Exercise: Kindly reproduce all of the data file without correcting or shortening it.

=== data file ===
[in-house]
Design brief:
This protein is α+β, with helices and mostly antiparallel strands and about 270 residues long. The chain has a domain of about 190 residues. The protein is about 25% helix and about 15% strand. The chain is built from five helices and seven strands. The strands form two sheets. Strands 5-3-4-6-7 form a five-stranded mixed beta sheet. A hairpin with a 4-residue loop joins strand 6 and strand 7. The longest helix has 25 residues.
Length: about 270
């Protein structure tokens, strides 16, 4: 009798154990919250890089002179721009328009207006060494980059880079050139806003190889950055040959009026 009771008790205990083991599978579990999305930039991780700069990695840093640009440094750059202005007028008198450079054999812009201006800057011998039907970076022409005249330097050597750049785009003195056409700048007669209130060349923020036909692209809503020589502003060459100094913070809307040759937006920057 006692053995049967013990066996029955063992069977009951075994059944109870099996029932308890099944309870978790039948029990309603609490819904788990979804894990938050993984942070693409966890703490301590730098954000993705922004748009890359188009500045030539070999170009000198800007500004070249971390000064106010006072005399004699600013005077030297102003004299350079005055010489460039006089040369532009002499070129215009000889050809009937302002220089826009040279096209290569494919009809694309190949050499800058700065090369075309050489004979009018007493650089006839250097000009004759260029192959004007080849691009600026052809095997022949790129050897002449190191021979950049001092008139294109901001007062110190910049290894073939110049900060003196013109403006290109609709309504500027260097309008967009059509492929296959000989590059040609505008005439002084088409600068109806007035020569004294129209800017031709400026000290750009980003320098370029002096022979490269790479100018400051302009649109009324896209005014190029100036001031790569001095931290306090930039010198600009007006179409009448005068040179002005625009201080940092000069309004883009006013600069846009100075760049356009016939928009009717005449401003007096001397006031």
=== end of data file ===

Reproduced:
[in-house]
Design brief:
This protein is α+β, with helices and mostly antiparallel strands and about 270 residues long. The chain has a domain of about 190 residues. The protein is about 25% helix and about 15% strand. The chain is built from five helices and seven strands. The strands form two sheets. Strands 5-3-4-6-7 form a five-stranded mixed beta sheet. A hairpin with a 4-residue loop joins strand 6 and strand 7. The longest helix has 25 residues.
Length: about 270
């Protein structure tokens, strides 16, 4: 009798154990919250890089002179721009328009207006060494980059880079050139806003190889950055040959009026 009771008790205990083991599978579990999305930039991780700069990695840093640009440094750059202005007028008198450079054999812009201006800057011998039907970076022409005249330097050597750049785009003195056409700048007669209130060349923020036909692209809503020589502003060459100094913070809307040759937006920057 006692053995049967013990066996029955063992069977009951075994059944109870099996029932308890099944309870978790039948029990309603609490819904788990979804894990938050993984942070693409966890703490301590730098954000993705922004748009890359188009500045030539070999170009000198800007500004070249971390000064106010006072005399004699600013005077030297102003004299350079005055010489460039006089040369532009002499070129215009000889050809009937302002220089826009040279096209290569494919009809694309190949050499800058700065090369075309050489004979009018007493650089006839250097000009004759260029192959004007080849691009600026052809095997022949790129050897002449190191021979950049001092008139294109901001007062110190910049290894073939110049900060003196013109403006290109609709309504500027260097309008967009059509492929296959000989590059040609505008005439002084088409600068109806007035020569004294129209800017031709400026000290750009980003320098370029002096022979490269790479100018400051302009649109009324896209005014190029100036001031790569001095931290306090930039010198600009007006179409009448005068040179002005625009201080940092000069309004883009006013600069846009100075760049356009016939928009009717005449401003007096001397006031």